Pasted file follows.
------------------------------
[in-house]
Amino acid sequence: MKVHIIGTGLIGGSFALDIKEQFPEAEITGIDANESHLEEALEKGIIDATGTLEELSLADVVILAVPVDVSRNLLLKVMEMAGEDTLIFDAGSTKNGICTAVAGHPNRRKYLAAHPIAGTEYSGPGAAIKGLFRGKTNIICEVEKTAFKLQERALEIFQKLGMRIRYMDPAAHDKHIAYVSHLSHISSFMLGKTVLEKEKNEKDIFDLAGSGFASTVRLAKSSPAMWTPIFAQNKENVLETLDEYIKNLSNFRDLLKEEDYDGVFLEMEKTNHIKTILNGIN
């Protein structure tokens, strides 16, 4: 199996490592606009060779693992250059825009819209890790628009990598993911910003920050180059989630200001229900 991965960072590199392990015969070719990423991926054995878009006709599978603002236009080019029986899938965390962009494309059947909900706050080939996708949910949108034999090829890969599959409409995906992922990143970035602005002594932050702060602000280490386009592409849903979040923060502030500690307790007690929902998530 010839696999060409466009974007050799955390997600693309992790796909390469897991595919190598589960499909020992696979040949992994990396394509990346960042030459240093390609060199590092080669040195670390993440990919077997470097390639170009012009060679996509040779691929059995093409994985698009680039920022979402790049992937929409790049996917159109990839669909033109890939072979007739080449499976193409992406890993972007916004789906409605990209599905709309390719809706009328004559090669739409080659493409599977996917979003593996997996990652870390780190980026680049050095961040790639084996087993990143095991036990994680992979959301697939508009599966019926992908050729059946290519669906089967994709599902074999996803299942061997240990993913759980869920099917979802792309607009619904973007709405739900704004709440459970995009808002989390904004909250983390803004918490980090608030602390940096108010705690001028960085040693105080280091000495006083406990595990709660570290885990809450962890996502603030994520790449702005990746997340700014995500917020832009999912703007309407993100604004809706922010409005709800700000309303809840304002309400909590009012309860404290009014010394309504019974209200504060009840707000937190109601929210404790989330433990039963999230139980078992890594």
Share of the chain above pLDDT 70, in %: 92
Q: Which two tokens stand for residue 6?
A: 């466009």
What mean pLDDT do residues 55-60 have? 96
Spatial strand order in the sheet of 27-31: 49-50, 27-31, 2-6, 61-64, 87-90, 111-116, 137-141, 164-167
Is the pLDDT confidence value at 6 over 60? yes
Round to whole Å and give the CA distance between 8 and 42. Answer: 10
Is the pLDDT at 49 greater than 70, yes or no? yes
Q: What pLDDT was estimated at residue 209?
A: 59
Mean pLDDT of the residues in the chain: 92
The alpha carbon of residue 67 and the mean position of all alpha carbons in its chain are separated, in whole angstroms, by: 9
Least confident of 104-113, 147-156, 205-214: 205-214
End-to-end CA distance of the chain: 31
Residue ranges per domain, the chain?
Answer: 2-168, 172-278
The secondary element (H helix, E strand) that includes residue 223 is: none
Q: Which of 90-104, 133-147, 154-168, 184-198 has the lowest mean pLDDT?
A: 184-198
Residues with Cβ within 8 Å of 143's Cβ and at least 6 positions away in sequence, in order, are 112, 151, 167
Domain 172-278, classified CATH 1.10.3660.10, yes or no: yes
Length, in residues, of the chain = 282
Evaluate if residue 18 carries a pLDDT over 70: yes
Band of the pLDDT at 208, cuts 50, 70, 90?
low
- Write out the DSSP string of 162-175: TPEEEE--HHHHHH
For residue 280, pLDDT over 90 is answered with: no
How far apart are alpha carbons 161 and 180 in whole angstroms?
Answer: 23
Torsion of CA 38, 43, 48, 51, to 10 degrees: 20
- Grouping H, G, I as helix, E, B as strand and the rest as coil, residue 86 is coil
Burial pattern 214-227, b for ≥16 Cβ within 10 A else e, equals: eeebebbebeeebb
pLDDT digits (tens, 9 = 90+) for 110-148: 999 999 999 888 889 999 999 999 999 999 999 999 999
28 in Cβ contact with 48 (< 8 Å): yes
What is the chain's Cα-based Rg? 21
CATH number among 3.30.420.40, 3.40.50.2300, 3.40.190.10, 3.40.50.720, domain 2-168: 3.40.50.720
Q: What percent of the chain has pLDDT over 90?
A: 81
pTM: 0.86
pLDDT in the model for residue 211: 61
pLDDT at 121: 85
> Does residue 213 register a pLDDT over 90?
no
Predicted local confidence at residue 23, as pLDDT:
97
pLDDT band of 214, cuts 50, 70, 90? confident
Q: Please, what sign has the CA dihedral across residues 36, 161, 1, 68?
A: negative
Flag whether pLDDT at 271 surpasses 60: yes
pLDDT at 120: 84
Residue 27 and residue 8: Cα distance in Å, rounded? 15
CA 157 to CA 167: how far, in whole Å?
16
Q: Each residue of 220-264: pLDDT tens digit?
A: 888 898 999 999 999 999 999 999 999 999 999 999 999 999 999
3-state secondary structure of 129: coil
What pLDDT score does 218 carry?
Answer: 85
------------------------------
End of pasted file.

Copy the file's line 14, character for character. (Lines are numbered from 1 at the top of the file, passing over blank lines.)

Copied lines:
Mean pLDDT of the residues in the chain: 92